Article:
Muzzle Length
Likely medium or long muzzle
Tail Length
Likely normal-length tail
Hind Dew Claws
Unlikely to have hind dew claws
Back Muscling & Bulk (Large Breed)
Likely normal muscling
Eye Color LINKAGE
Less likely to have blue eyes
Body Size

Body Size

Body Size 1
Smaller
Body Size 2
Larger
Body Size 3
Intermediate
Body Size 4
Intermediate
Body Size 5
Larger
Performance

Performance

Altitude Adaptation
Normal altitude tolerance

Through Leela’s mitochondrial DNA we can trace her mother’s ancestry back to where dogs and people first became friends. This map helps you visualize the routes that her ancestors took to your home. Their story is described below the map.

Haplogroup

A1d

Haplotype

A11a/419

Map

A1d

Leela’s Haplogroup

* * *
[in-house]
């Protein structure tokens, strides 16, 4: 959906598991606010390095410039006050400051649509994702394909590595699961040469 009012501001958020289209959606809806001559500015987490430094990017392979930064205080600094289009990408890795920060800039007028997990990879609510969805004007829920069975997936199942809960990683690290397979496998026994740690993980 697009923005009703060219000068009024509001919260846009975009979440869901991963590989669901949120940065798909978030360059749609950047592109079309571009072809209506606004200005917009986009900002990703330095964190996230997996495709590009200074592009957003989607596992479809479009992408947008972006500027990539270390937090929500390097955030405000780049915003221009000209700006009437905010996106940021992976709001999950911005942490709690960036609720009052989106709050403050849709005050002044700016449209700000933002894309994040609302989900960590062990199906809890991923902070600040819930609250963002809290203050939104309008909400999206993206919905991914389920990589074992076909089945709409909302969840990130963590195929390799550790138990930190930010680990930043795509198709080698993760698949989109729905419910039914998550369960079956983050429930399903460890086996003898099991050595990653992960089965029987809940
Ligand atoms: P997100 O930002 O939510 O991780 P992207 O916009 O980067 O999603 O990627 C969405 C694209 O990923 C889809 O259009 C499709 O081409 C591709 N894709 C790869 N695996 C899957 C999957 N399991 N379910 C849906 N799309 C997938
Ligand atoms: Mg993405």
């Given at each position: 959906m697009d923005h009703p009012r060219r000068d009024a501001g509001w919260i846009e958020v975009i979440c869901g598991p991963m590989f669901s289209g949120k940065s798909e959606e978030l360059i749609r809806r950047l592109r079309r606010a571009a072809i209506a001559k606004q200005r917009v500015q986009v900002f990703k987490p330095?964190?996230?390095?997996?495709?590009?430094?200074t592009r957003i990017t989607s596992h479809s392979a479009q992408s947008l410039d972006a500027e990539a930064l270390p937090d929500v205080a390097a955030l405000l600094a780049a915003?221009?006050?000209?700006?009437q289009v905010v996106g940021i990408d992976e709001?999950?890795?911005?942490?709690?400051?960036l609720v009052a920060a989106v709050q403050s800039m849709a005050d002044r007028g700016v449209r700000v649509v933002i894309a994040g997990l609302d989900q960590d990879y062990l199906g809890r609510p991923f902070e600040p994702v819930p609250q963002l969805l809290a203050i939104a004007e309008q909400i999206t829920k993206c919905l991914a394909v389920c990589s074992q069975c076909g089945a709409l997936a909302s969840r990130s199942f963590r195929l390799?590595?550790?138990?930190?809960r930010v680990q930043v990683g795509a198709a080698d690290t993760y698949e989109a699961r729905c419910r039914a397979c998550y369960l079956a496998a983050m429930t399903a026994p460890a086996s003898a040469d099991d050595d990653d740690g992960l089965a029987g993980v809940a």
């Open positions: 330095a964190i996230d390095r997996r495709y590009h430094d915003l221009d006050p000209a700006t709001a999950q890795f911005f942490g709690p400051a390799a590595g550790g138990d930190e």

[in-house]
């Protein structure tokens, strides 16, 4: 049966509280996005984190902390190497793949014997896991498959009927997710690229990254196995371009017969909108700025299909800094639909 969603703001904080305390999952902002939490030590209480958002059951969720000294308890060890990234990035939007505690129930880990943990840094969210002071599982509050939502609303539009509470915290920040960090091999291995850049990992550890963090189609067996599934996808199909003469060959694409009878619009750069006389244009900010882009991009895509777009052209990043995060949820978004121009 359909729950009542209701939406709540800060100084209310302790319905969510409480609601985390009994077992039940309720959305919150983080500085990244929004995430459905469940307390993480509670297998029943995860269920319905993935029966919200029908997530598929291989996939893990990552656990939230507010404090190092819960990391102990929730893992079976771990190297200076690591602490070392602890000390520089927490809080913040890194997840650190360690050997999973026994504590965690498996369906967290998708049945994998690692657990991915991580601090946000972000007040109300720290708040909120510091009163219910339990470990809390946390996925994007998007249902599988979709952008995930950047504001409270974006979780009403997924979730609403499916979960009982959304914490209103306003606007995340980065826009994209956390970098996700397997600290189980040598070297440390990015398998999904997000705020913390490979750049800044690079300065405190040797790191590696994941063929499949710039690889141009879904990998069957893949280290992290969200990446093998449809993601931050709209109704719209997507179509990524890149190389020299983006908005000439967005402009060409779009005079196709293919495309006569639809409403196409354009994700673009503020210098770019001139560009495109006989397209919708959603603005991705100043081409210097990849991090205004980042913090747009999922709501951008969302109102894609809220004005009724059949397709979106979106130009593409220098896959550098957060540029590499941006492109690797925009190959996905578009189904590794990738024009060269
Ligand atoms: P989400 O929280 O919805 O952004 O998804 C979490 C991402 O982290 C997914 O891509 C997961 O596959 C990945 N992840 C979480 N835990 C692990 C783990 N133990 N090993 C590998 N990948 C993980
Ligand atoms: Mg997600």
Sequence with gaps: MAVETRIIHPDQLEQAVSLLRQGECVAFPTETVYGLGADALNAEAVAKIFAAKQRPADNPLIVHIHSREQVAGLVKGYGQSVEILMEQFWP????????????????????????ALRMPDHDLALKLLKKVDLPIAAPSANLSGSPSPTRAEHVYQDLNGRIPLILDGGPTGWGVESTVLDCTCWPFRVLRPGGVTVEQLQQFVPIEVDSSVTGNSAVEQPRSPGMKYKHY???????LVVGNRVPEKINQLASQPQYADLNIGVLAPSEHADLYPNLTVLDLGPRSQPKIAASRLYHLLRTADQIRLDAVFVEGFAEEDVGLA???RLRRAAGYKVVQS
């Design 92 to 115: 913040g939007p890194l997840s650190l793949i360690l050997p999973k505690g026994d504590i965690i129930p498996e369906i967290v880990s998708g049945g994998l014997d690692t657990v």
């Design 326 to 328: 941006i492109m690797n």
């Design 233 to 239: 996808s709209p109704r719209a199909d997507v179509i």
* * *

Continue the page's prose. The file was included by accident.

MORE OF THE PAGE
This female lineage can be traced back about 15,000 years to some of the original Central Asian wolves that were domesticated into modern dogs. The early females that represent this lineage were likely taken into Eurasia, where they spread rapidly. As a result, many modern breed and village dogs from the Americas, Africa, through Asia and down into Oceania belong to this group! This widespread lineage is not limited to a select few breeds, but the majority of Rottweilers, Afghan Hounds and Wirehaired Pointing Griffons belong to it. It is also the most common female lineage among Papillons, Samoyeds and Jack Russell Terriers. Considering its occurrence in breeds as diverse as Afghan Hounds and Samoyeds, some of this is likely ancient variation. But because of its presence in many modern European breeds, much of its diversity likely can be attributed to much more recent breeding.